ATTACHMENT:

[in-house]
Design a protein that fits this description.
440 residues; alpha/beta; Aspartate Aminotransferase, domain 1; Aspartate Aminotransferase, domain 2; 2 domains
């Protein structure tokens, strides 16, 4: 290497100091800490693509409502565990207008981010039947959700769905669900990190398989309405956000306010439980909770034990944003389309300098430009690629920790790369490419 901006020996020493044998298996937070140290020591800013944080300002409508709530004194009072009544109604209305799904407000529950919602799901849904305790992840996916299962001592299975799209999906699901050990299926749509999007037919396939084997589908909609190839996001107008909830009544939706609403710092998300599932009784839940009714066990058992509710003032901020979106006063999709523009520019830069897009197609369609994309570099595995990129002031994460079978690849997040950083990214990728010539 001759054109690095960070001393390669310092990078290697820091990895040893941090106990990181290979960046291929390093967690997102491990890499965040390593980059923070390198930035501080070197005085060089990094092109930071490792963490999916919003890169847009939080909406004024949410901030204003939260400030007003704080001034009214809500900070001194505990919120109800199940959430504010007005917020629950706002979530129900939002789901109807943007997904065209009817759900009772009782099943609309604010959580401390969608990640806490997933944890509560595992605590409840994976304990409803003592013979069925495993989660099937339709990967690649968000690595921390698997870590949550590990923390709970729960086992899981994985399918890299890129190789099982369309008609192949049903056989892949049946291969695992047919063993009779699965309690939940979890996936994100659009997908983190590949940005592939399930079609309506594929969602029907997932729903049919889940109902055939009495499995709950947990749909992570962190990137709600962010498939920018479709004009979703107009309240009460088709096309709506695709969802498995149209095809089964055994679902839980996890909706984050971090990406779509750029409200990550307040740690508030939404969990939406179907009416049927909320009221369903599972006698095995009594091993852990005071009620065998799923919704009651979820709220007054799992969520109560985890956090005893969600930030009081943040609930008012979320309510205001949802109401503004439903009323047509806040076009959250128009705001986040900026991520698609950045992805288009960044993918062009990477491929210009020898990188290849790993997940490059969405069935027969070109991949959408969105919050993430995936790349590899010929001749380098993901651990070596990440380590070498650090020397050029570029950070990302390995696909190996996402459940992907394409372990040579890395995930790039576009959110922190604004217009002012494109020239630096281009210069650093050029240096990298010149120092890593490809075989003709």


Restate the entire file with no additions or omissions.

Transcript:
[in-house]
Design a protein that fits this description.
440 residues; alpha/beta; Aspartate Aminotransferase, domain 1; Aspartate Aminotransferase, domain 2; 2 domains
């Protein structure tokens, strides 16, 4: 290497100091800490693509409502565990207008981010039947959700769905669900990190398989309405956000306010439980909770034990944003389309300098430009690629920790790369490419 901006020996020493044998298996937070140290020591800013944080300002409508709530004194009072009544109604209305799904407000529950919602799901849904305790992840996916299962001592299975799209999906699901050990299926749509999007037919396939084997589908909609190839996001107008909830009544939706609403710092998300599932009784839940009714066990058992509710003032901020979106006063999709523009520019830069897009197609369609994309570099595995990129002031994460079978690849997040950083990214990728010539 001759054109690095960070001393390669310092990078290697820091990895040893941090106990990181290979960046291929390093967690997102491990890499965040390593980059923070390198930035501080070197005085060089990094092109930071490792963490999916919003890169847009939080909406004024949410901030204003939260400030007003704080001034009214809500900070001194505990919120109800199940959430504010007005917020629950706002979530129900939002789901109807943007997904065209009817759900009772009782099943609309604010959580401390969608990640806490997933944890509560595992605590409840994976304990409803003592013979069925495993989660099937339709990967690649968000690595921390698997870590949550590990923390709970729960086992899981994985399918890299890129190789099982369309008609192949049903056989892949049946291969695992047919063993009779699965309690939940979890996936994100659009997908983190590949940005592939399930079609309506594929969602029907997932729903049919889940109902055939009495499995709950947990749909992570962190990137709600962010498939920018479709004009979703107009309240009460088709096309709506695709969802498995149209095809089964055994679902839980996890909706984050971090990406779509750029409200990550307040740690508030939404969990939406179907009416049927909320009221369903599972006698095995009594091993852990005071009620065998799923919704009651979820709220007054799992969520109560985890956090005893969600930030009081943040609930008012979320309510205001949802109401503004439903009323047509806040076009959250128009705001986040900026991520698609950045992805288009960044993918062009990477491929210009020898990188290849790993997940490059969405069935027969070109991949959408969105919050993430995936790349590899010929001749380098993901651990070596990440380590070498650090020397050029570029950070990302390995696909190996996402459940992907394409372990040579890395995930790039576009959110922190604004217009002012494109020239630096281009210069650093050029240096990298010149120092890593490809075989003709």